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There's Force, and There's Resistance
Published on Thursday, December 4, 2003 by the San Diego Union-Tribune
There's Force, and There's Resistance
by James O. Goldsborough

What do California's supermarket strike/lockout and the continued violence against U.S. occupying forces and their collaborators in Iraq have in common?

The answer is found in Newton's third law of motion: for each action there is an equal and opposite reaction. Applied to human affairs this translates into the idea of resistance.

Power creates its own resistance, equal and opposite. The French monarchy gives way to the mob, which gives way to Napoleon, who gives way to the coalition, which brings back a more benign monarch, who gives way to a more benign Napoleon, who gives way to democracy.

It follows that moderate power leads to moderate resistance. Mirabeau and Kerensky could have forestalled revolutionary violence in France and Russia had those monarchies been more enlightened. Britain, which had an enlightened monarchy, was spared a revolution, and its spasm of mid-17th century violence ended in the William and Mary compromise of 1689.

Had capitalism been less savage at its origins and capitalists less rapacious, there would have been no need for resistance in the form of labor unions. In Europe, working classes turned to Marxism, while in America, they turned to organized labor in such groups as the Knights of Labor and the American Federation of Labor.

The U.S. labor movement cut its teeth in struggles against railroads and steel companies. Politically, resistance to the capitalist "trusts" came from progressives such as Theodore Roosevelt, Robert La Follette and Hiram Johnson.

A good example of Newton's law in human affairs was the Cold War. Here we had two polarized political systems providing each other with perfectly equilibrated resistance. Convinced of its virtue and the aggressiveness of the other, each side escalated or de-escalated the contest depending on the amount of resistance it found.

Elaborate rules of the game were established. Each side could do what it liked so long as it did not directly challenge the territory of the other. The Soviet invasion of Hungary and the U.S. invasion of South Vietnam were tolerated by the antagonist.

The Communist invasion of South Korea and the U.S. military advance on China during the Korean War were not tolerated. The wall cutting off East Berlin was tolerated. Soviet missiles in Cuba were not. The Middle East was unsettled territory, which is what made it so dangerous.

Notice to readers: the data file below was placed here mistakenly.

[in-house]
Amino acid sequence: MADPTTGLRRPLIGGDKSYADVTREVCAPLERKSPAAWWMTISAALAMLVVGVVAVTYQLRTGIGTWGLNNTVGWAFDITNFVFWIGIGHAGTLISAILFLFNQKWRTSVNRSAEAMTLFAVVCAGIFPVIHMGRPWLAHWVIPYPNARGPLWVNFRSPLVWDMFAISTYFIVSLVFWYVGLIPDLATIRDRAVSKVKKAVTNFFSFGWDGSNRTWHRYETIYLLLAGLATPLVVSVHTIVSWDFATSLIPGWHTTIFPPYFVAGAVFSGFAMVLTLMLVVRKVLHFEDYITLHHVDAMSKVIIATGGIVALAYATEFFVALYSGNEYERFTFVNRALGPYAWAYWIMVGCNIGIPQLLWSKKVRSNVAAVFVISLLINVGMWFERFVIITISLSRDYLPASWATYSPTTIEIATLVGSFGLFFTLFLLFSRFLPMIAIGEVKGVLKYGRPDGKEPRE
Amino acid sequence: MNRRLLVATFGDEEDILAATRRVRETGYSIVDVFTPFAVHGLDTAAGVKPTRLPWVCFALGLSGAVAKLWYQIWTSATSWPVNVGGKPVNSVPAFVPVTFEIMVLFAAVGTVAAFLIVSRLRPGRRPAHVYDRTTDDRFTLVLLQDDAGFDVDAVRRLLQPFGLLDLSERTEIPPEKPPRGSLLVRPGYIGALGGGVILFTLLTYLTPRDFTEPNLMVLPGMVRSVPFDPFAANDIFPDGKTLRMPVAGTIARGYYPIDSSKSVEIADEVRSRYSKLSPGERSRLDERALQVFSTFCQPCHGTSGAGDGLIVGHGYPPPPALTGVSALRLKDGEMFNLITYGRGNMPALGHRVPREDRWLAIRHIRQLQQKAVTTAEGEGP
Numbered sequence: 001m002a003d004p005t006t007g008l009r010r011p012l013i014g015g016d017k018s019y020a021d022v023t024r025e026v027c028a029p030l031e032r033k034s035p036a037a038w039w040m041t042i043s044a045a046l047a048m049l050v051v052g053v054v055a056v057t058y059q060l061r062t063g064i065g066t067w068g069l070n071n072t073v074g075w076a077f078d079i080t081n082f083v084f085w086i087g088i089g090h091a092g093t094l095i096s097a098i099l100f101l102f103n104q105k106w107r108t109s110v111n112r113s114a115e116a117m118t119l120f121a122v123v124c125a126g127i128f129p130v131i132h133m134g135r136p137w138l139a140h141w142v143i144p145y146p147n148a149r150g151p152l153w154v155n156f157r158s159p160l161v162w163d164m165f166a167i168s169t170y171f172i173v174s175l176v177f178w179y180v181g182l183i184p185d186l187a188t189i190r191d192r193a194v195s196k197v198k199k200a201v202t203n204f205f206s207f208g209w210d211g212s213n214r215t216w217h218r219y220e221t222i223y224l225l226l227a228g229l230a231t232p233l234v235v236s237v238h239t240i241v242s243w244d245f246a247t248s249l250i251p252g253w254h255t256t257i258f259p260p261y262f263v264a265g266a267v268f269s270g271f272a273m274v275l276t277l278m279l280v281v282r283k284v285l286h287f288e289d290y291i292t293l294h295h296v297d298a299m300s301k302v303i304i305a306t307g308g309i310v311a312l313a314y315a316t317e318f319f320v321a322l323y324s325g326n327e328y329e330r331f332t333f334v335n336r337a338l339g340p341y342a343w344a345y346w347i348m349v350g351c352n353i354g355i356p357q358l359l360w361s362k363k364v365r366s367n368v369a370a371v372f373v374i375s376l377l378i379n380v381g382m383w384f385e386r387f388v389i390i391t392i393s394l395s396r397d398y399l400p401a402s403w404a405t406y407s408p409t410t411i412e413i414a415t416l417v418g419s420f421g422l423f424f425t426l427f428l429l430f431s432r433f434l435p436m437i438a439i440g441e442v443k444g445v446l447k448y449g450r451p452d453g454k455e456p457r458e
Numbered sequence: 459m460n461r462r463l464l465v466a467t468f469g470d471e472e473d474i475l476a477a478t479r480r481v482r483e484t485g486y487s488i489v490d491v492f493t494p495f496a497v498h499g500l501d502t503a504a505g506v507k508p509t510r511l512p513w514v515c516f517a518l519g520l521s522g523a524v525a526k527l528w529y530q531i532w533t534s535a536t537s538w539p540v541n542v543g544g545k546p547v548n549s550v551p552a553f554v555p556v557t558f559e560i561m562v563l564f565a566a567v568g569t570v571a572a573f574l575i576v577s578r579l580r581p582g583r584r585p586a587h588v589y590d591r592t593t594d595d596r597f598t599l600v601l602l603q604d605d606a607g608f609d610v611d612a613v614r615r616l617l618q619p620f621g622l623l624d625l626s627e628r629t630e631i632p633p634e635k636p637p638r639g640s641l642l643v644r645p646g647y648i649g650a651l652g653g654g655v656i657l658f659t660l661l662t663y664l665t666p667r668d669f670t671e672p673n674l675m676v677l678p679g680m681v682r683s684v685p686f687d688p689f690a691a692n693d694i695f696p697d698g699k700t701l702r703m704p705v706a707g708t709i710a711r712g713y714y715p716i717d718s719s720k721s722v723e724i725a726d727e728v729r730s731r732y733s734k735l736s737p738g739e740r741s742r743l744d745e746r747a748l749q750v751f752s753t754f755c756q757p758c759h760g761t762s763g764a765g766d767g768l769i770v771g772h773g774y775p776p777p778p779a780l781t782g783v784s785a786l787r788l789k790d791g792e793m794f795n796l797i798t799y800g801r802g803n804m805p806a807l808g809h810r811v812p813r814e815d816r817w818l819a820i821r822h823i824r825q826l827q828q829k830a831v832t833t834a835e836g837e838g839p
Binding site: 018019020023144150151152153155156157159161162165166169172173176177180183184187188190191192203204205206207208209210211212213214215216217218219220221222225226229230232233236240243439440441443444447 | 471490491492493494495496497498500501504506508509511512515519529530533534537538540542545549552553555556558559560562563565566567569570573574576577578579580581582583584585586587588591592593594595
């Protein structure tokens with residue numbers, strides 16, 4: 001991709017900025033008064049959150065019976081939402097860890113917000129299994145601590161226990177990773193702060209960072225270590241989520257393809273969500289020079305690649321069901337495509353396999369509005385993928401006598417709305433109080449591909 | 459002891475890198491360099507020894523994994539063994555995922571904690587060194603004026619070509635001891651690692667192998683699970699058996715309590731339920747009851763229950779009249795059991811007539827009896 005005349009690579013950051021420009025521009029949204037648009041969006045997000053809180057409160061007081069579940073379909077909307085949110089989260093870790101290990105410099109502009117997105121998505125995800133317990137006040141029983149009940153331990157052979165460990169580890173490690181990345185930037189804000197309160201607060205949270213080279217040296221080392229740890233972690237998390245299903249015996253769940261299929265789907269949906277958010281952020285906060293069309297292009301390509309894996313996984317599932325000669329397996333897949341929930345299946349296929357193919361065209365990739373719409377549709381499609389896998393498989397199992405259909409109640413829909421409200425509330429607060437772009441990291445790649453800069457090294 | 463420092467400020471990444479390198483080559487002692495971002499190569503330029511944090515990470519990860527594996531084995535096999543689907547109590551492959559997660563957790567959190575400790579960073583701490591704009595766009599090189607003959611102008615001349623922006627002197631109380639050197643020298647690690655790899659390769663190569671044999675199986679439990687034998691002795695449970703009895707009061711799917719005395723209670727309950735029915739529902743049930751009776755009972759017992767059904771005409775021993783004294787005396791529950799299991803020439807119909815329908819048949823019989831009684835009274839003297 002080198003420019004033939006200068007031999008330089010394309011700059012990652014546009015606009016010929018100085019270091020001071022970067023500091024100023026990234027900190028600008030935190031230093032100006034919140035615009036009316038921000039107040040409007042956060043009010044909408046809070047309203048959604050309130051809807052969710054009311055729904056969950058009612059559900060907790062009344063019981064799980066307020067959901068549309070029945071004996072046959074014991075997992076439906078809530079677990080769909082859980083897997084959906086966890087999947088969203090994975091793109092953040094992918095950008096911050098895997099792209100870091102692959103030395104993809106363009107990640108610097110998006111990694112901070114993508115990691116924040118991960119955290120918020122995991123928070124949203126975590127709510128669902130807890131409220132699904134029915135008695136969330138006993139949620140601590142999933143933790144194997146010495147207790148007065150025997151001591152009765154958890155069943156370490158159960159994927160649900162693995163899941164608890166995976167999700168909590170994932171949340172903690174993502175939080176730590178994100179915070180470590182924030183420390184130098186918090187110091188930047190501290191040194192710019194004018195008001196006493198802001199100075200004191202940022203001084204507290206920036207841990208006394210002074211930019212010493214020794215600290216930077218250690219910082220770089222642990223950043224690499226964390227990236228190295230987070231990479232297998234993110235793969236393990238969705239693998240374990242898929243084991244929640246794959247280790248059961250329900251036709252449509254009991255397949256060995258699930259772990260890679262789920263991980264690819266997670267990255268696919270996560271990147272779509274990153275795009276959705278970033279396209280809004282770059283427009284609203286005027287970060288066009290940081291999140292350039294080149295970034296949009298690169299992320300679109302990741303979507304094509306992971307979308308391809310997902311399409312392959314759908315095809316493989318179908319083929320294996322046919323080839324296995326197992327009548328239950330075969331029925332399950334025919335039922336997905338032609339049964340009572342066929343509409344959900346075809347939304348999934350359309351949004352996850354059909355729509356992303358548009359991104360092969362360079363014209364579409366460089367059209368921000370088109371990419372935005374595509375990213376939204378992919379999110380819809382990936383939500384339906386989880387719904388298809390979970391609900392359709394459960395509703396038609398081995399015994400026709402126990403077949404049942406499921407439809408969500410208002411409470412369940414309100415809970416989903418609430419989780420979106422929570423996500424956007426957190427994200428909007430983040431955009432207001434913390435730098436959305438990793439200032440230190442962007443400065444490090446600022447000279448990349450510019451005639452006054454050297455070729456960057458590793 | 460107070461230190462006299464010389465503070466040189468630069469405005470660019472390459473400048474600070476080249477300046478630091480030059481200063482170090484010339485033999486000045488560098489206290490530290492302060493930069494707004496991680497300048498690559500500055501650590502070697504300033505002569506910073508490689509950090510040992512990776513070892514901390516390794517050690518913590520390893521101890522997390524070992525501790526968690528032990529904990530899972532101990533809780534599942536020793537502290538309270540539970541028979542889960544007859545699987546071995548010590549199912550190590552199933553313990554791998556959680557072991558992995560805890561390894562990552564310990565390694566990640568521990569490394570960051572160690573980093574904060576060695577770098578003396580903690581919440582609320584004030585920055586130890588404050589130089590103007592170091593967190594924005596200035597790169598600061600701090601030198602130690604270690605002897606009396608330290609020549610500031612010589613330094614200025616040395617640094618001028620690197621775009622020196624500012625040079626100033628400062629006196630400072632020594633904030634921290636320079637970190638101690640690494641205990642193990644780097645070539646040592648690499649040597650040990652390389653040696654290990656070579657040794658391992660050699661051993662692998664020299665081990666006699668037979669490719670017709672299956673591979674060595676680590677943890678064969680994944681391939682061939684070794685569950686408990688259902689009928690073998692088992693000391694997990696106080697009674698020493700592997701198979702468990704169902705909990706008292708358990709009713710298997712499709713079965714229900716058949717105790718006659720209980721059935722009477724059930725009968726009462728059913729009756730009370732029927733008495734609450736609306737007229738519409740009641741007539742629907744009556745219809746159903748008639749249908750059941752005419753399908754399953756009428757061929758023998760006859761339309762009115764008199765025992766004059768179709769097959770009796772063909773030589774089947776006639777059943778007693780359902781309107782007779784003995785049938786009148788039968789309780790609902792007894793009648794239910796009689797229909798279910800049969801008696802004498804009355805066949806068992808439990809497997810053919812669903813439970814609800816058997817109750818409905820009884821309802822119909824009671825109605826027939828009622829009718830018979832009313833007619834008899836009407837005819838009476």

The balance of power prevailed until Communism imploded, destroyed by its own contradictions, ending a superpower equilibrium that had existed for nearly half a century.

Today, there is but one superpower, and that is the problem.

For all their flaws, Communism, and socialism, its cousin, were necessary counterweights to capitalism, both politically and economically.

Politically, there could have been no Bush administration "pre-emptive war strategy" 30 years ago, the strategy that led to President Bush's war in Iraq. "Pre-emptive self defense," as Bush calls it, in an age of nuclear parity would have led to a U.S. nuclear strike on Russia, attacking Soviet missiles before they could attack us.

A "pre-emptive" U.S. attack on Iraq, in the gray area, would have been impossible. The Cold War imposed mutual restraint that no longer exists.

Economically, businesses were not as rapacious 30 years ago, not as free to cut wages and overpay management, not as free to be corrupt.

In America, according to census figures, the share of national income going to the top 20 percent wage-earners rose from 44 percent to 50 percent from 1973 until present. The top 1 percent now earn 15 percent of all wages, the highest since measurements began.

In wealth, disparity in America is even greater, with the richest 1 percent controlling 38 percent of national wealth. The stock market is not the great leveler we believe: The richest 20 percent of Americans own 85 percent of stock wealth.

The labor movement is as important today as it was a century ago. In California, labor's fight against Wal-Mart the root cause of the supermarket strike/lockout comes against a company whose practices are as rapacious as anything ever tried by the trusts.

Wal-Mart, the world's biggest company, whose revenues equal 2 percent of U.S. GDP, pays American workers 40 percent less than union workers, offers marginal benefits and buys products from slave-wage, nonunion foreign producers. Meanwhile, four of the world's 10 richest people, according to Forbes, are named Walton.

Resistance is necessary against concentrated power. The Bush administration is astonished at the level of "terrorism" against U.S. forces in Iraq. No preparations had been made for this level of opposition because the administration believed Iraqis would welcome the invasion.

Bush's misconceptions show a poor understanding of nationalism and of human nature. These are not terrorists. They are inevitable resistance to an unjust and illegal war. Americans have a tendency to believe our wars are better than those of other nations. We find in Iraq, as we did in Vietnam, this belief is not universal.

© Copyright 2003 Union-Tribune Publishing Co.


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